Questions From Readers
In the Mosaic Law, why were certain natural sexual functions viewed as making a person “unclean”?
God created sex, both for the reproduction of the human race and for the enjoyment of married couples. (Genesis 1:28; Proverbs 5:15-18) In chapters 12 and 15 of Leviticus, however, we find detailed statutes concerning uncleanness ascribed to seminal emissions, menstruation, and childbirth. (Leviticus 12:1-6; 15:16-24) Such laws given to ancient Israel fostered a healthy lifestyle, upheld lofty moral values, and stressed the sanctity of blood and the need for atonement for sins.
The Mosaic Law’s requirements concerning sexual functions promoted, among other things, the general health of the Israelite community. The book The Bible and Modern Medicine states: “The observance of the menstrual cycle with the prescribed period of abstinence from cohabitation proved to be an effective preventive against certain sexual diseases . . . and also a definite deterrent in the formation and development of cervical malignancies.” Such laws protected God’s people from diseases that might have been unknown to or even undetectable by them. Sound sexual hygiene increased the fertility of a nation that had been blessed by God with a promise of increase and prosperity. (Genesis 15:5; 22:17) The emotional health of God’s people was also involved. By obeying these laws, husbands and wives learned to control sexual passion.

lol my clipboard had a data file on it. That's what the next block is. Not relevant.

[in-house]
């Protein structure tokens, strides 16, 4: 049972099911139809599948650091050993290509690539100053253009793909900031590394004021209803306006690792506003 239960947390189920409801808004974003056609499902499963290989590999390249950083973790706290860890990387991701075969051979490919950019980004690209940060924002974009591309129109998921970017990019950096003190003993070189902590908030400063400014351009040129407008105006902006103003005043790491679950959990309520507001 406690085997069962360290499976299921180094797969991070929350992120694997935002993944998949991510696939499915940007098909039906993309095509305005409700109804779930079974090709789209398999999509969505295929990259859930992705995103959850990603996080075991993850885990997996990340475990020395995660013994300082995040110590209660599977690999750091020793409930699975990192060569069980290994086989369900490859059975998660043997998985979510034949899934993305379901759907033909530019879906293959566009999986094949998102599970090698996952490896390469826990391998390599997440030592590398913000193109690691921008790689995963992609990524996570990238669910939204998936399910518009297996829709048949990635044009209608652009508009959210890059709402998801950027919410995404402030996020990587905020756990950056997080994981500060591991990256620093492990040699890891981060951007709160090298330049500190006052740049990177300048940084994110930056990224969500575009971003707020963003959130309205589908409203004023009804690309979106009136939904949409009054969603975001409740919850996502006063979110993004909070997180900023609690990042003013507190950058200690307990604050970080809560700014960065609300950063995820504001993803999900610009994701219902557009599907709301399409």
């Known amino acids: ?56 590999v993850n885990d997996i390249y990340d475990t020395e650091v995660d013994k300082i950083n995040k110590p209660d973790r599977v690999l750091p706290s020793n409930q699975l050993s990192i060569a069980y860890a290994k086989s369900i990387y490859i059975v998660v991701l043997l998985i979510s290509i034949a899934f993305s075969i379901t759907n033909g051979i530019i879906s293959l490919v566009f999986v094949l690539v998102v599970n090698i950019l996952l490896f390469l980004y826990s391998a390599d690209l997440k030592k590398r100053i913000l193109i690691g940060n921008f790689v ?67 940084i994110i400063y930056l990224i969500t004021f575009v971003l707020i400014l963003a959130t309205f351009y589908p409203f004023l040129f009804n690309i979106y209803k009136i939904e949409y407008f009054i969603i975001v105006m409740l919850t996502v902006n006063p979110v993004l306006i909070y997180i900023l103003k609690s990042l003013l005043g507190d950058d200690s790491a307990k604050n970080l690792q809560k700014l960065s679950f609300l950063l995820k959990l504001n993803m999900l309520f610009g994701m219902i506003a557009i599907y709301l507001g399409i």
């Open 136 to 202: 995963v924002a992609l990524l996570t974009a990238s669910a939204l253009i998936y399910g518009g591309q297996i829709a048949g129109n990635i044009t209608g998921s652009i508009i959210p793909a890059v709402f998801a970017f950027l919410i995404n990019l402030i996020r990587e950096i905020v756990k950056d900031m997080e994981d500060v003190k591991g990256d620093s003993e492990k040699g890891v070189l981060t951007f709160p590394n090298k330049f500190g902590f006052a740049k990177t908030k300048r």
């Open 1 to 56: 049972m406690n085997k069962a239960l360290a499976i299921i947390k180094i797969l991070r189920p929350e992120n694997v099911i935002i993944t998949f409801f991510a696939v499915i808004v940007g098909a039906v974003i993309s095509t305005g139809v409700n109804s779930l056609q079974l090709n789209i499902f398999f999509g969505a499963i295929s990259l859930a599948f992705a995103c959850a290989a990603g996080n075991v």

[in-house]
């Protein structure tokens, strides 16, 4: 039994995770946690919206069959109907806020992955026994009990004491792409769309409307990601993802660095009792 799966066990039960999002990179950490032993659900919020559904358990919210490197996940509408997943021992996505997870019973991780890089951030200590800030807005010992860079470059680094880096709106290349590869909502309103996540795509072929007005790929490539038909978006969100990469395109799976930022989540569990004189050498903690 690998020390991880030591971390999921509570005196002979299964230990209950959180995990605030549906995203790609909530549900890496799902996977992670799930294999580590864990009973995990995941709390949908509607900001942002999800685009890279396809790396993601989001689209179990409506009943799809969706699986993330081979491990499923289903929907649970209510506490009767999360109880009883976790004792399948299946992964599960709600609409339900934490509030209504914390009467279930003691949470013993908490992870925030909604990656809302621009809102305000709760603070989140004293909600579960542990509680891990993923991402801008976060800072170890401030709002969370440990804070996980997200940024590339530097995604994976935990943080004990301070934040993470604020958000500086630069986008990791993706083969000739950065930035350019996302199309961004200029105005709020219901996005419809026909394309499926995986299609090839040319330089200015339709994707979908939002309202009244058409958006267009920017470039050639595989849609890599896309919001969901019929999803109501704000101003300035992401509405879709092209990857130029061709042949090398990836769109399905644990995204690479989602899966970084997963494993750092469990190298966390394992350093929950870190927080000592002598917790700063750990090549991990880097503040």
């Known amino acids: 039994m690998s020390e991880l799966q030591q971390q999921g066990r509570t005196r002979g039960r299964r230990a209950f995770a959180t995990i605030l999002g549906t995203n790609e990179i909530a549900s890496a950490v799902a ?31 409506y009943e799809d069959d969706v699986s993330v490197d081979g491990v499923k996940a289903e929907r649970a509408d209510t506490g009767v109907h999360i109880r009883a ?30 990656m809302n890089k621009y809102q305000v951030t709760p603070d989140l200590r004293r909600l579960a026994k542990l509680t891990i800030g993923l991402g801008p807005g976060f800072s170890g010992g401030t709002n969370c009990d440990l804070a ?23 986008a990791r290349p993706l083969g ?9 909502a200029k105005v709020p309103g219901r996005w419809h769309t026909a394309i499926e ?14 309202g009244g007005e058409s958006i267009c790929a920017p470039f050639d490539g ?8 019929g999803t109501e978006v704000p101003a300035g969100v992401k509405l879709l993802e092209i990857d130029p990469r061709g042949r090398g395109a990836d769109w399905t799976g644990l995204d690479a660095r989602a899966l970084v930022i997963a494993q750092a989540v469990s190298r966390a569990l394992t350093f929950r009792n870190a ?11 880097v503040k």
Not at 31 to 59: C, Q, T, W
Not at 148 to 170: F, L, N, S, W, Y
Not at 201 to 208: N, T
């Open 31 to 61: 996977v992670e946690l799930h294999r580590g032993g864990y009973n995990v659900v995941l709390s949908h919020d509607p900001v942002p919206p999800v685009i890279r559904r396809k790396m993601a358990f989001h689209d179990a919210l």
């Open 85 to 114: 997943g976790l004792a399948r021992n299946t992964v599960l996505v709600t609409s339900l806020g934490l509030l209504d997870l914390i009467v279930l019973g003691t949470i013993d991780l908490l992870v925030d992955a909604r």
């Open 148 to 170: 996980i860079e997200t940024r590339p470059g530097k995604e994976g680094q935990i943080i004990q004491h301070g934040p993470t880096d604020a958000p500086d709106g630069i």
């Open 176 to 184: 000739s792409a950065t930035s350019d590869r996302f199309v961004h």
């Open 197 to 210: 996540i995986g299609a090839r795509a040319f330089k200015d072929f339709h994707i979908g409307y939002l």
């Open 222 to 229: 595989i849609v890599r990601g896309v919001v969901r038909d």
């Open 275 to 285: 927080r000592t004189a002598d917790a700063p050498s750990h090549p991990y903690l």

The paramount issue involved in the types of uncleanness resulting from sexual matters, however, was the flow or loss of blood. Jehovah’s laws regarding blood impressed on the minds of the Israelites not only the sanctity of blood but also the special place that blood occupies in the worship of Jehovah, namely, in sacrifices and atonement for sins.—Leviticus 17:11; Deuteronomy 12:23, 24, 27.
The Law’s detailed requirements in this respect, therefore, are closely related to human imperfection. The Israelites knew that Adam and Eve—after their sin—could not bring forth perfect children. All their descendants would suffer from the effects of inherited sin—imperfection and death. (Romans 5:12) Because of this, parents could transmit only imperfect and sinful life, even though human reproductive organs were originally designed to pass on perfect life through the marital arrangement.
The Law’s purification requirements would thus remind the Israelites not only of their hereditary sinfulness but also of the need for a ransom sacrifice to cover sins and restore human perfection. Of course, the animal sacrifices they offered did not accomplish that. (Hebrews 10:3, 4) The purpose of the Mosaic Law was to lead them to Christ and to help them appreciate that it was only by means of Jesus’ perfect human sacrifice that true forgiveness was possible, opening the way to everlasting life for faithful ones.—Galatians 3:24; Hebrews 9:13, 14.